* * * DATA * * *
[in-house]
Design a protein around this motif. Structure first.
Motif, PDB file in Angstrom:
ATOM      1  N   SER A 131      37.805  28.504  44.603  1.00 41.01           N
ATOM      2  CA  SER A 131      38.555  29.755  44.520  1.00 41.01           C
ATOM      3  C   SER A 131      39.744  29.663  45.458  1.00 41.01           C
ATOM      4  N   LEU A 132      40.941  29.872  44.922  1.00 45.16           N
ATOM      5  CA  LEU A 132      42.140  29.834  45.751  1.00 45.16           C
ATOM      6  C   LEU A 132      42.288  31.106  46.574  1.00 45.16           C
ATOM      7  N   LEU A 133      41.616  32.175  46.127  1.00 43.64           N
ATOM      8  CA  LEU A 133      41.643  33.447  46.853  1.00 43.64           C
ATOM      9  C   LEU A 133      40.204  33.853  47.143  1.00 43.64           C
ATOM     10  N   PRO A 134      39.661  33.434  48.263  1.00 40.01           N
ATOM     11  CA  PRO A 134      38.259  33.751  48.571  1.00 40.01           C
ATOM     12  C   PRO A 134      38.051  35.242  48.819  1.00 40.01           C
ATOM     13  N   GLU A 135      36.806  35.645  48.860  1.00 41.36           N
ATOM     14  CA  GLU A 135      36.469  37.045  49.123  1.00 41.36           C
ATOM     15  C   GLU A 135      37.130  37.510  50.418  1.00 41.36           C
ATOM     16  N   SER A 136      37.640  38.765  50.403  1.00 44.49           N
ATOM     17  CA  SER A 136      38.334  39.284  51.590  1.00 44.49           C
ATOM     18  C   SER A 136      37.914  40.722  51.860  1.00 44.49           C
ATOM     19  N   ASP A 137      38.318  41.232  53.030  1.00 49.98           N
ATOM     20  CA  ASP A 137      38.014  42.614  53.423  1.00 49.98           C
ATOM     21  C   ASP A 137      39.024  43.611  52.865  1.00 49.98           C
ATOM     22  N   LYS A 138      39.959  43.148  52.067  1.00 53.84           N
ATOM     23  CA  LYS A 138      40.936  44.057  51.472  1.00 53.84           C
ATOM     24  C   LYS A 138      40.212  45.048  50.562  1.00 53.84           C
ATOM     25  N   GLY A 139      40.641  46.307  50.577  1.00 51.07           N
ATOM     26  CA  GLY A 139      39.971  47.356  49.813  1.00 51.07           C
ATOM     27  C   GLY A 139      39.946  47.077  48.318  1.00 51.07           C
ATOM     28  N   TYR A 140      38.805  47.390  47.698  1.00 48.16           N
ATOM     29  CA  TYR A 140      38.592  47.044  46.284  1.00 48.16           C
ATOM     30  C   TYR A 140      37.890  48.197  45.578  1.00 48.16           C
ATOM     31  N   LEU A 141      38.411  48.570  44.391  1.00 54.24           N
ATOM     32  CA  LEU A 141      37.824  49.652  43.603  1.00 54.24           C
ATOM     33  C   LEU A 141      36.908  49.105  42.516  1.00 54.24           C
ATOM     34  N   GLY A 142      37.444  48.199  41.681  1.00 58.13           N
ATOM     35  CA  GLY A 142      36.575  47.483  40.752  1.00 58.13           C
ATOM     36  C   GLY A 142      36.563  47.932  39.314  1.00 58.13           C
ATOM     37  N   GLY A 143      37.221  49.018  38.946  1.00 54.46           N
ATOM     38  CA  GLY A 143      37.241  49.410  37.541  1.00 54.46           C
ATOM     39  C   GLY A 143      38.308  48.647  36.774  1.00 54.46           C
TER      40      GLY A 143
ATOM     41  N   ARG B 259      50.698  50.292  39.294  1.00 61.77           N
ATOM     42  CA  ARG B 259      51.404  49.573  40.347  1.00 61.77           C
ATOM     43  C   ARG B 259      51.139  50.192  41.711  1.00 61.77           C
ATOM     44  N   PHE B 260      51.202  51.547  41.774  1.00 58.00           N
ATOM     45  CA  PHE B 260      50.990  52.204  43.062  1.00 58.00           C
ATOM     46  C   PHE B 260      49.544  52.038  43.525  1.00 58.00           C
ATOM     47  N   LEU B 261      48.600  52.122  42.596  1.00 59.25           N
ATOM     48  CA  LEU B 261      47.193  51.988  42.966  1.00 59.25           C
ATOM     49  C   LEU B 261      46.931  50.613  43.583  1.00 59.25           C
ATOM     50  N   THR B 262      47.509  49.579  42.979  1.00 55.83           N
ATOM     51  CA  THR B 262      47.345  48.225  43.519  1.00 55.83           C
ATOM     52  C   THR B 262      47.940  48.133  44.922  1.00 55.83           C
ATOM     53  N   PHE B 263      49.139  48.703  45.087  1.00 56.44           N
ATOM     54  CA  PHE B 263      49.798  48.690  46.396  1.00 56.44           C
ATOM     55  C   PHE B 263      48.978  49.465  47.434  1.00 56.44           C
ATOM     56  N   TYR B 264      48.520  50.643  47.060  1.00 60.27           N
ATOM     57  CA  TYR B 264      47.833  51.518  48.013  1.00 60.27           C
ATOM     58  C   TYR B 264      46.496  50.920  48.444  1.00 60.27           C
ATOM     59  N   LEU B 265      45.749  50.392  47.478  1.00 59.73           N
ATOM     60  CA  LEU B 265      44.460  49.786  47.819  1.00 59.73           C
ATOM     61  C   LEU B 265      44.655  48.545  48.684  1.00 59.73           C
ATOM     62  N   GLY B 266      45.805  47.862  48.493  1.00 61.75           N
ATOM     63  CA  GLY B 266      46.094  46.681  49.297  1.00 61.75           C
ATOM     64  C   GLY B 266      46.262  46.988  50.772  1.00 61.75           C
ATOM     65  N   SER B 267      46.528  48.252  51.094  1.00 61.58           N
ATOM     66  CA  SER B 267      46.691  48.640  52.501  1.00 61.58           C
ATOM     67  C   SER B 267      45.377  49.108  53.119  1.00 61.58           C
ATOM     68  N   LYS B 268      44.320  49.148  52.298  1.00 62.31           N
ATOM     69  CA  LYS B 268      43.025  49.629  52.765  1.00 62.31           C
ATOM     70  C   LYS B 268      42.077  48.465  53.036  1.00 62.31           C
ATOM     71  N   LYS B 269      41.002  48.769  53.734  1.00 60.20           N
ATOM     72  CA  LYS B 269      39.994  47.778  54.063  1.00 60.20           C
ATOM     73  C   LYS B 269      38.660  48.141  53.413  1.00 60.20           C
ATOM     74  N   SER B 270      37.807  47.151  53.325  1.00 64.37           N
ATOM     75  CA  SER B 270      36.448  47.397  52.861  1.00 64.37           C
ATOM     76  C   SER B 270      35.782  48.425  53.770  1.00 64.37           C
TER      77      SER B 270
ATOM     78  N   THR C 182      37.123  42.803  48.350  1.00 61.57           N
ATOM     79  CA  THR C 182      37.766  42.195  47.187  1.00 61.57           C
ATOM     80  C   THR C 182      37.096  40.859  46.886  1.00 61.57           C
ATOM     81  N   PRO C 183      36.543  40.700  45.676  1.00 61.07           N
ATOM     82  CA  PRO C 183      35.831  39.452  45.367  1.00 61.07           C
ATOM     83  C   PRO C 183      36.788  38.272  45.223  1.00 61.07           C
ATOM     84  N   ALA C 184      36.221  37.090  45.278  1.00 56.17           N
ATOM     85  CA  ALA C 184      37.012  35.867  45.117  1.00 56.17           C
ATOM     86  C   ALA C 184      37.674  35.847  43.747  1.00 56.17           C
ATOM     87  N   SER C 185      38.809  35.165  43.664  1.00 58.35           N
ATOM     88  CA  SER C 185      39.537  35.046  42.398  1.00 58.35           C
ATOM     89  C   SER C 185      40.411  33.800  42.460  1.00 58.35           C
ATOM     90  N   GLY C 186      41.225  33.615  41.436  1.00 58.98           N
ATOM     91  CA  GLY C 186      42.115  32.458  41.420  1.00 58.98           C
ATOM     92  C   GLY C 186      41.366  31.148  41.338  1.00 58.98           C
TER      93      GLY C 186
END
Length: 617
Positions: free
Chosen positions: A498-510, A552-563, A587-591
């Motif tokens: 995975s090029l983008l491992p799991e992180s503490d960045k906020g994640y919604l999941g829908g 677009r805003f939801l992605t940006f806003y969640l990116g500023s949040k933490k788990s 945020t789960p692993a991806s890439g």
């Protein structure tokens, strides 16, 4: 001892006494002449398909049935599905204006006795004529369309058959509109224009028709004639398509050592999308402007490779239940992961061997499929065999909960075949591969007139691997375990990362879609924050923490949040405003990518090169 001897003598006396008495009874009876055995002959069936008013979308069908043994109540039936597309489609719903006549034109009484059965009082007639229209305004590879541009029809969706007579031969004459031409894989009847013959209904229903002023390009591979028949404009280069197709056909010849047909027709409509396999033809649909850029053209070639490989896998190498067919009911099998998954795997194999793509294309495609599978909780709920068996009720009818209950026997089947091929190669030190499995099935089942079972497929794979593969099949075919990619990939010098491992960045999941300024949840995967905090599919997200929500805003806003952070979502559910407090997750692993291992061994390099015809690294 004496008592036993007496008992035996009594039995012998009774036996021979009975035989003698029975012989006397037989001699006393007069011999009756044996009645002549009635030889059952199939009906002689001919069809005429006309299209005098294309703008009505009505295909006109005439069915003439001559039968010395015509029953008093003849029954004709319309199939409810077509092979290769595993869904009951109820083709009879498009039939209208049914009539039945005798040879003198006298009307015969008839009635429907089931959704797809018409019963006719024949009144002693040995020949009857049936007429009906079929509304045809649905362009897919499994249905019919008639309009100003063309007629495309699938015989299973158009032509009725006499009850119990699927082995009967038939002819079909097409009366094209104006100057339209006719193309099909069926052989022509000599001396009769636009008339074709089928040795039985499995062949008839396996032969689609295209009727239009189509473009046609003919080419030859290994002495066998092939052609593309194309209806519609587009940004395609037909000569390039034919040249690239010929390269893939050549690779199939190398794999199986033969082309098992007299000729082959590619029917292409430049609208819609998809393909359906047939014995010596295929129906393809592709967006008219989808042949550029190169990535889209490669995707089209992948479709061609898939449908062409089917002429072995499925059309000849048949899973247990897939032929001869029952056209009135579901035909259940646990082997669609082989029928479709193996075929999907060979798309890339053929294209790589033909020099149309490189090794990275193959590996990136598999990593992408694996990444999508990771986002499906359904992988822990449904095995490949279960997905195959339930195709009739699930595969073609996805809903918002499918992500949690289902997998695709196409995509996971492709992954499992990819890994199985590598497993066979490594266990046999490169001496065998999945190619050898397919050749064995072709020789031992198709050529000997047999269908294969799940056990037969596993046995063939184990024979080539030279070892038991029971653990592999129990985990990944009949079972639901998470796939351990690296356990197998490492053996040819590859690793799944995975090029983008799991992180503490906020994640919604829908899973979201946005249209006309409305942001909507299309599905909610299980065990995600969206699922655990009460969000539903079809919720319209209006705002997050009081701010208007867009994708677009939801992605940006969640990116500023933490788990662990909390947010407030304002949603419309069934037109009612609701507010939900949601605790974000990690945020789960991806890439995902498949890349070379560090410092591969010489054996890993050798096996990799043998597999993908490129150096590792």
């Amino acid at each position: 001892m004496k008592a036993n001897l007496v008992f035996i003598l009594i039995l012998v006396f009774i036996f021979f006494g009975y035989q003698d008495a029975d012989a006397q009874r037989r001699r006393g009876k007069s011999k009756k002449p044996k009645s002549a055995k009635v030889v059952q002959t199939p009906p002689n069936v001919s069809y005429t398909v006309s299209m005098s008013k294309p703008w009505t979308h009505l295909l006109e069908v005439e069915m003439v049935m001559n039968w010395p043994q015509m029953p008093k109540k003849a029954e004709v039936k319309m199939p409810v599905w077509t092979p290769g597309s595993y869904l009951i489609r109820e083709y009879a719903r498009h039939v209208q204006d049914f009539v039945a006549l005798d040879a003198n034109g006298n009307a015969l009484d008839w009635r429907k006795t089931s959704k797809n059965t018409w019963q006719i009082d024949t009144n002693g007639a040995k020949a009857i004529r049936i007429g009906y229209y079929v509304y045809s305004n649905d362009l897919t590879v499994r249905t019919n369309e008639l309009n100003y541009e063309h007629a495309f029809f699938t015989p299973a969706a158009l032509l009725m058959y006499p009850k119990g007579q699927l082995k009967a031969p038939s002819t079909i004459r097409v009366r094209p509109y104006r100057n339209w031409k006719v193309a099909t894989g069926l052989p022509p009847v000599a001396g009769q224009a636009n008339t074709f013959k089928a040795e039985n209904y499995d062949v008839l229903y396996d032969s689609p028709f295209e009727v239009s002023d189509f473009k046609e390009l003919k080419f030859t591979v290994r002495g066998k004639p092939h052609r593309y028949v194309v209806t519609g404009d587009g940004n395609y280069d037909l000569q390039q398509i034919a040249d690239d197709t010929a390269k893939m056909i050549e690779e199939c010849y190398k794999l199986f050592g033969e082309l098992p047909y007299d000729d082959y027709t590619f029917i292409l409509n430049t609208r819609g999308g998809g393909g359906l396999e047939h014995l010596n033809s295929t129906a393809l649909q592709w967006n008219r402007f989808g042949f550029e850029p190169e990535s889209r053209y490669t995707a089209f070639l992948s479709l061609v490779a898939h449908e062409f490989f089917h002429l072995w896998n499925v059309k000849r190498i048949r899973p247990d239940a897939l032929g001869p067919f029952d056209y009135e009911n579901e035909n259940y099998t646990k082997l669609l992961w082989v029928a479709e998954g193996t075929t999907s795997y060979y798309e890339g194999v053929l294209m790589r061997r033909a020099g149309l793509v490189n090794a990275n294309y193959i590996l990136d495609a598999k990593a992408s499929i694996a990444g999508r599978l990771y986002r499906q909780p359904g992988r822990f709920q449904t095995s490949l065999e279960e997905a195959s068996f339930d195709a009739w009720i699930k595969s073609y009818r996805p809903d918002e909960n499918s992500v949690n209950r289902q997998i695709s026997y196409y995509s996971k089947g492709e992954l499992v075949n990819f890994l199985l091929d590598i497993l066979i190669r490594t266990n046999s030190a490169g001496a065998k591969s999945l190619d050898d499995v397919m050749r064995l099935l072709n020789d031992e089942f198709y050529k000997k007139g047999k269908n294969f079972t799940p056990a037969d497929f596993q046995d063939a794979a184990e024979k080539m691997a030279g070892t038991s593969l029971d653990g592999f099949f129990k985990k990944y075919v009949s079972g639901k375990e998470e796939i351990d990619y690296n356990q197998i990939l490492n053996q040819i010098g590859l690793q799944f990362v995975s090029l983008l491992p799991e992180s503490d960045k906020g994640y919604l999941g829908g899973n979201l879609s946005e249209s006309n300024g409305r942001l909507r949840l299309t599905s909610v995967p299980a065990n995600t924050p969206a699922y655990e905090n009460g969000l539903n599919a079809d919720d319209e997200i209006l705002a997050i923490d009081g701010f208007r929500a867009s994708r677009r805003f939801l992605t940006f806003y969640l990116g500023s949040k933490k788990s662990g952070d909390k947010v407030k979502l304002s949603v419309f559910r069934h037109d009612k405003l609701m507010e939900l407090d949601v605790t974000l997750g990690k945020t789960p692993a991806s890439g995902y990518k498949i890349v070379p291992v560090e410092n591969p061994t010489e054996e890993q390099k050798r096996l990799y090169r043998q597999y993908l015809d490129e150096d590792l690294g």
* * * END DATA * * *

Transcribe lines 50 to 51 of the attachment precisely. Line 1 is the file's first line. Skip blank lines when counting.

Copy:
ATOM     47  N   LEU B 261      48.600  52.122  42.596  1.00 59.25           N
ATOM     48  CA  LEU B 261      47.193  51.988  42.966  1.00 59.25           C